This week, like every year, we celebrated our most cherished ideal as media professionals. Freedom. The speech delivered by NDTV Senior Editor Maya Mirchandani at the University of Kashmir was worth a listen. She raised certain curious – and serious – questions about the quantum of freedom media is enjoying in India. Her speech could be better followed in the background of the paper presented by NDTV chief Prannoy Roy at the RedInk Awards at Mumbai Press Club wherein he lamented what he calls as `The Tabloidization of Indian News'.
Concerns are grave. As we claim to uphold freedom, the question of responsibility recoils on us. A new breed of militant journalism renders genuine professionals pale in comparison and the trend is sinister. The journalism of muck-raking, of mud-slinging, of humiliating those you apparently `invite' to speak out has smeared the face of journalism in India. If earlier such make of journalism was presumed to be the second most infamous profession (after prostitution), the spin doctors are working tirelessly to push it a notch up to make it figure first.
Though we have no solutions to offer, but we can at least start contemplating solutions. Declaring this hooliganistic form of journalism as a punishable form of offence may not be too unrealistic.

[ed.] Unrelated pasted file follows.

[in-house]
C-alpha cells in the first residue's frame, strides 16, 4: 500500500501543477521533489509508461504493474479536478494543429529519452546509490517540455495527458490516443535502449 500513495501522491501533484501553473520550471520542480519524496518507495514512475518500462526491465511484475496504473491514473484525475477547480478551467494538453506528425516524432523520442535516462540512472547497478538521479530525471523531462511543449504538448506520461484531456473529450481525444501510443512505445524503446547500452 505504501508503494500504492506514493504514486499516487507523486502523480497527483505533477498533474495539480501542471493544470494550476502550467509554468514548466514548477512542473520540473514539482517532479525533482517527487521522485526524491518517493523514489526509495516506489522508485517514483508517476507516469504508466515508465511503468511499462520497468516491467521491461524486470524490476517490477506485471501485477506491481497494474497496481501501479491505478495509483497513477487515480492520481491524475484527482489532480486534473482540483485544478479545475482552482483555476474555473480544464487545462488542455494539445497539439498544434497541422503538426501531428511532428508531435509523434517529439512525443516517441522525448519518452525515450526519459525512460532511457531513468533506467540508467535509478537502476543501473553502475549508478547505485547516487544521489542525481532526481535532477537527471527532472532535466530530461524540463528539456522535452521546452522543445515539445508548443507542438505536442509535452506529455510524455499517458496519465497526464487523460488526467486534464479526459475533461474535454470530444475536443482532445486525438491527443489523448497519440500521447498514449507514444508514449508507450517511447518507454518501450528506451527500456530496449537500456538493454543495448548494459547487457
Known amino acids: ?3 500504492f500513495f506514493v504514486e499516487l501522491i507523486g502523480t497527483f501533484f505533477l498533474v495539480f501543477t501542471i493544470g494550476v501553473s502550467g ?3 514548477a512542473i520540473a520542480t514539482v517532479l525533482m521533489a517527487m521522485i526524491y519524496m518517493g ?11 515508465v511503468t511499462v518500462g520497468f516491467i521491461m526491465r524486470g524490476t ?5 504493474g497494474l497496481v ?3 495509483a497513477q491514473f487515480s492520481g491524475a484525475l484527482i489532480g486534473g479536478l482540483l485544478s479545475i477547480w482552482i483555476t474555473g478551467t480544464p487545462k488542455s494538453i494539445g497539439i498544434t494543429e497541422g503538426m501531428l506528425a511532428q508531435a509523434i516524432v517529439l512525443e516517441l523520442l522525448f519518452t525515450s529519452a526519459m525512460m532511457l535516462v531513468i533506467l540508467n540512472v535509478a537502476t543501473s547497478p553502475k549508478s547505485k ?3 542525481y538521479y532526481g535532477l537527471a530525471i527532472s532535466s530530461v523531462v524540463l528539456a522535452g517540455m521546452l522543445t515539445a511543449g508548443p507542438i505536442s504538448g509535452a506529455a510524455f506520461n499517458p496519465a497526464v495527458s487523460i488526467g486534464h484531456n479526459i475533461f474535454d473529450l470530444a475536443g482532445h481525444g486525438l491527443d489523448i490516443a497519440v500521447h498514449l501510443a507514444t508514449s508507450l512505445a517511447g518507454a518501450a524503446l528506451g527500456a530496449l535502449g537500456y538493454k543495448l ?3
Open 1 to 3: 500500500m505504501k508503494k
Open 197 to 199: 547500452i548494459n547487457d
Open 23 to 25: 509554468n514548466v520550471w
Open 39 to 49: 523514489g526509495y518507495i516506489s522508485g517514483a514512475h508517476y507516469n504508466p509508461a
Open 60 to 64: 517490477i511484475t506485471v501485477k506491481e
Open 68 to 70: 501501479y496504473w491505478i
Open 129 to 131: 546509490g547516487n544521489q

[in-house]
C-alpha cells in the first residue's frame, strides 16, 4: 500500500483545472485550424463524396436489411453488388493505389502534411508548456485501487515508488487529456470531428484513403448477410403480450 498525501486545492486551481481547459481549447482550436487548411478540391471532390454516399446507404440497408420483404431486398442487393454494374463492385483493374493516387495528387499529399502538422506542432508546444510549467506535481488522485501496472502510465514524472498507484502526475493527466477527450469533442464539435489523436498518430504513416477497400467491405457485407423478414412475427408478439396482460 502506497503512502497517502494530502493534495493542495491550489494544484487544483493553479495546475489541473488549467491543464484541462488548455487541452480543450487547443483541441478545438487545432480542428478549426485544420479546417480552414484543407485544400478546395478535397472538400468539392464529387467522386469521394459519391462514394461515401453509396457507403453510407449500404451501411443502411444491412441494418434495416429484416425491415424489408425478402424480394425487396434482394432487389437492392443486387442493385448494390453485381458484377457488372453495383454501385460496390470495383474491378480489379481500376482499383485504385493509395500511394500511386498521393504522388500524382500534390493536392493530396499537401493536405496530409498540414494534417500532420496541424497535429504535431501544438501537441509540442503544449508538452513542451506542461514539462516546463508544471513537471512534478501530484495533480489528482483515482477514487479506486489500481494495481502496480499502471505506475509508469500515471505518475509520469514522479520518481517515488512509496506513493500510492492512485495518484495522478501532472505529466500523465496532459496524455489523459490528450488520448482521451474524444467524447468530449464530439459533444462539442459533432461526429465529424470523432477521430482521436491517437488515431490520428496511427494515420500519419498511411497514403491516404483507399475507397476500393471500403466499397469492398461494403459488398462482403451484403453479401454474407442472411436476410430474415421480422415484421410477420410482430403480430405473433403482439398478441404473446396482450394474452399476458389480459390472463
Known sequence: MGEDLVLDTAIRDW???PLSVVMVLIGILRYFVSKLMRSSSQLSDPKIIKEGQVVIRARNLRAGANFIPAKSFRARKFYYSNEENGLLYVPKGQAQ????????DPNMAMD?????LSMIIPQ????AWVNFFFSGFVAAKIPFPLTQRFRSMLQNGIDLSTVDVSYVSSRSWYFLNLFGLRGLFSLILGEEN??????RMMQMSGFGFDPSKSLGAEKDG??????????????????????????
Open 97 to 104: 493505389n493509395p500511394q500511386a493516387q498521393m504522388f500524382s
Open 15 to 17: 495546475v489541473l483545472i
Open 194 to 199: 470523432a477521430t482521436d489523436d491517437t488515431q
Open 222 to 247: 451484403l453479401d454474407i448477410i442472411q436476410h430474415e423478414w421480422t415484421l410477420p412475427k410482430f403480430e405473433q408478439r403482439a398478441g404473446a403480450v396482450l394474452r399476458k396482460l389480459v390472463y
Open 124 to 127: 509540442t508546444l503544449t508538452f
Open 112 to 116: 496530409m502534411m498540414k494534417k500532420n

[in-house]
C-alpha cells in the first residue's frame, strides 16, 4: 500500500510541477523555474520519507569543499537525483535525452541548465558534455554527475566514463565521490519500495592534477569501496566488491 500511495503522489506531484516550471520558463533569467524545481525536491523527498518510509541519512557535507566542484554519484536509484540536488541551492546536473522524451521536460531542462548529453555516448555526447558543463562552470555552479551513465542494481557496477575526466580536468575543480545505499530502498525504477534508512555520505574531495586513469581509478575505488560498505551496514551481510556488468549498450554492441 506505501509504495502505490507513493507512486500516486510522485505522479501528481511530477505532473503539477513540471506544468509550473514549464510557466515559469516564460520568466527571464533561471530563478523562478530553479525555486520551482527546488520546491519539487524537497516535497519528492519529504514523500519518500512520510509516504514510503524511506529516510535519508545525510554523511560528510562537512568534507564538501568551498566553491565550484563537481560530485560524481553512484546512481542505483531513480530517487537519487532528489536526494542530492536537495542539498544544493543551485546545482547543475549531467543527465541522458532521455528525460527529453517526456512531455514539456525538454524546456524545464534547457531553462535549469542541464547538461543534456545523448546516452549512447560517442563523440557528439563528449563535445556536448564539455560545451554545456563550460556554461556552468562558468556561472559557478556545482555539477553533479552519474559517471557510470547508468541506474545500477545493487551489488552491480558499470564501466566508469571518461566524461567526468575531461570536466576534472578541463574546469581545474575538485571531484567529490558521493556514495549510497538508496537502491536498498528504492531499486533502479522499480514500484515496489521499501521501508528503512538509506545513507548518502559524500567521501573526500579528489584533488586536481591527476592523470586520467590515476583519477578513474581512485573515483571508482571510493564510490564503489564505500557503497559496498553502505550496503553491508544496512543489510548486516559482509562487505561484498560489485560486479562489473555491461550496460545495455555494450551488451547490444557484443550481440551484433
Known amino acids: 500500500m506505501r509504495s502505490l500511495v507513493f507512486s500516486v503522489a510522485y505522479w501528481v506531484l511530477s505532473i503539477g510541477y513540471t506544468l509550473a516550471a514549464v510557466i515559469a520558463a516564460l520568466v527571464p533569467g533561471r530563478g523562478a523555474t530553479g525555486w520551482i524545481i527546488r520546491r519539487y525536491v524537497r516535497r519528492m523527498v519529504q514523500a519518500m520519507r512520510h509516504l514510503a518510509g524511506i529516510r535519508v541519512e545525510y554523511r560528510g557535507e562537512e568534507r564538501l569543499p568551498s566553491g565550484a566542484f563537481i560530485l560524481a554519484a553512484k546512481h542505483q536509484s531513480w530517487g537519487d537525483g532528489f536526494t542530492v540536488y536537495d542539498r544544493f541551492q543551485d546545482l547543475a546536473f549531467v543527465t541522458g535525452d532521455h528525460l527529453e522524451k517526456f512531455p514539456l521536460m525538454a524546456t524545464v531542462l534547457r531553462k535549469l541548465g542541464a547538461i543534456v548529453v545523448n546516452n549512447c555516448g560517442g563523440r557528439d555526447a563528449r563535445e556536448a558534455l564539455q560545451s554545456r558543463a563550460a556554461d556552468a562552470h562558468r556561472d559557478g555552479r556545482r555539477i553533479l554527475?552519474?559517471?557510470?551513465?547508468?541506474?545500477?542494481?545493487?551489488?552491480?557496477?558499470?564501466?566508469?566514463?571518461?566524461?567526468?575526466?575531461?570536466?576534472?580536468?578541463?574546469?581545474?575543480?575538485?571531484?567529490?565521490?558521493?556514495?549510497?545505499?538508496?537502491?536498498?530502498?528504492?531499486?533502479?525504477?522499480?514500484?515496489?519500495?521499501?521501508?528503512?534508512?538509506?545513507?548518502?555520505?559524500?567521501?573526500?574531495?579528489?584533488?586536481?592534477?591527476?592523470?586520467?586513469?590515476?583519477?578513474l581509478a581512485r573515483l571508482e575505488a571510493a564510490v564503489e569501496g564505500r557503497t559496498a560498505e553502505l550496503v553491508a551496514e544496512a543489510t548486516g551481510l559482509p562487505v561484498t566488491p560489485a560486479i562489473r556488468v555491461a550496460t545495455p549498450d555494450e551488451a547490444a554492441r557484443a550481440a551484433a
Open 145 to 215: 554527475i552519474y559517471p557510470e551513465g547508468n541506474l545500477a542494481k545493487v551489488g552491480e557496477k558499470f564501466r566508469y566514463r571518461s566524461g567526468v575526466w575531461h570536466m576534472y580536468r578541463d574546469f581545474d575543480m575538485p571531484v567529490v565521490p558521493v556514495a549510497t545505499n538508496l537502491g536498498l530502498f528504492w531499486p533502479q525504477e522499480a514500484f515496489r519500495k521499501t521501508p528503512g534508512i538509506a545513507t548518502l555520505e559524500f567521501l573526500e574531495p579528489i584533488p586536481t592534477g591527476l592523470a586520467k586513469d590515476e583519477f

When anti-state activists are immediately actioned upon for making hate speeches, why let off those who technically `host' the TV shows but actually do and profess violence on the screen. If there are acts and sections in the book of law against all anti-social elements in the society, why can't those who foster acrimony, breed tension and cause disorder in the society qualify as criminals. If a politician is booked for fanning communal flames, how can a journalist who grunts invectives on a public platform to earn himself a good TRP get away with this act. No civilized society can allow such hate-mongering go on unabated. It's like a virus that is corrupting the whole media not slowly, but speedily.
A trend started by some has been followed by the rest. Now many news channels are in this business of `Tabloidization' that has made broadcast journalism rise to a new low. These news anchors don't just suggest, they dictate. They don't follow a case, they pronounce the decree.
The most tragic part of the story is that these theatre artists set the agenda for India. They feed the political system of a country and lead its rulers whichever way they want. What should have been denounced as a mania for cheap publicity is ironically hailed as journalism of courage.
The bug is growing fast and unless the growth is checked, it will consume the whole institution of media. By then a very few will be left there to celebrate the Freedom Day.